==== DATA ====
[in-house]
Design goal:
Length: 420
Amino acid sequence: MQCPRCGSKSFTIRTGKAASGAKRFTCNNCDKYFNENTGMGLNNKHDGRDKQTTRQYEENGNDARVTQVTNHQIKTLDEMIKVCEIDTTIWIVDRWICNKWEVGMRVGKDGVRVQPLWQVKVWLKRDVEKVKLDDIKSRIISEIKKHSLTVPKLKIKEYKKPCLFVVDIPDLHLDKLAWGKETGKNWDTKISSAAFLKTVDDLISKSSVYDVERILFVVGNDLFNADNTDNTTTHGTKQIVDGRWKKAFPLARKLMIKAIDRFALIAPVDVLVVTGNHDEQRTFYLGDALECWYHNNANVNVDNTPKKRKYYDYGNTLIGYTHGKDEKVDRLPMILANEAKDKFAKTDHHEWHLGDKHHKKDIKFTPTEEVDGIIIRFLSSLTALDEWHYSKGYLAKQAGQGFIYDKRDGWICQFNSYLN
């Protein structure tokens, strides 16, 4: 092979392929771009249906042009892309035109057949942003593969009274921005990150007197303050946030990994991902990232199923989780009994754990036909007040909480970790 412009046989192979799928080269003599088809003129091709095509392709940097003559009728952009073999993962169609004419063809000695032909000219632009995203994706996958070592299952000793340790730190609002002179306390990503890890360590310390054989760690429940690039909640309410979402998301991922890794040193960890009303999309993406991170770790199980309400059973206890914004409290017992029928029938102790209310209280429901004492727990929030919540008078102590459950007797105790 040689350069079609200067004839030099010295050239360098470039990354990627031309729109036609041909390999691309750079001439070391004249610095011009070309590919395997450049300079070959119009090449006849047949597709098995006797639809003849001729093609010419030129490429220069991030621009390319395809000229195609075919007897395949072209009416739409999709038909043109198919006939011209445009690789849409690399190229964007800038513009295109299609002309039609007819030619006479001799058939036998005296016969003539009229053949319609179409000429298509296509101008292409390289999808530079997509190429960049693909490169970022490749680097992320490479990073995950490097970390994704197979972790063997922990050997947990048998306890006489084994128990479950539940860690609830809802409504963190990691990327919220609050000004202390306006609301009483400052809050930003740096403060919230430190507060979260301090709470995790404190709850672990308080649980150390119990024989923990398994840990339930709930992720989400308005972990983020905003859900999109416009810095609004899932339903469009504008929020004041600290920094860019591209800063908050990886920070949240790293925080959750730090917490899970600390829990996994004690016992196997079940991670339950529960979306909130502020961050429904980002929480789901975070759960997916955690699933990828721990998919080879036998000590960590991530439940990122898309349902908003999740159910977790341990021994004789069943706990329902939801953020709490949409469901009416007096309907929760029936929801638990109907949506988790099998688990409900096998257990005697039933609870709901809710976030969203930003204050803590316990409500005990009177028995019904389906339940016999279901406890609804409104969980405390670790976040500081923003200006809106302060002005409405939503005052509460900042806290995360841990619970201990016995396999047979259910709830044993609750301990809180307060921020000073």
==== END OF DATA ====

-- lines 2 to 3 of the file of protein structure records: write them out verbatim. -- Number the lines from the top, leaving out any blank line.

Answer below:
Design goal:
Length: 420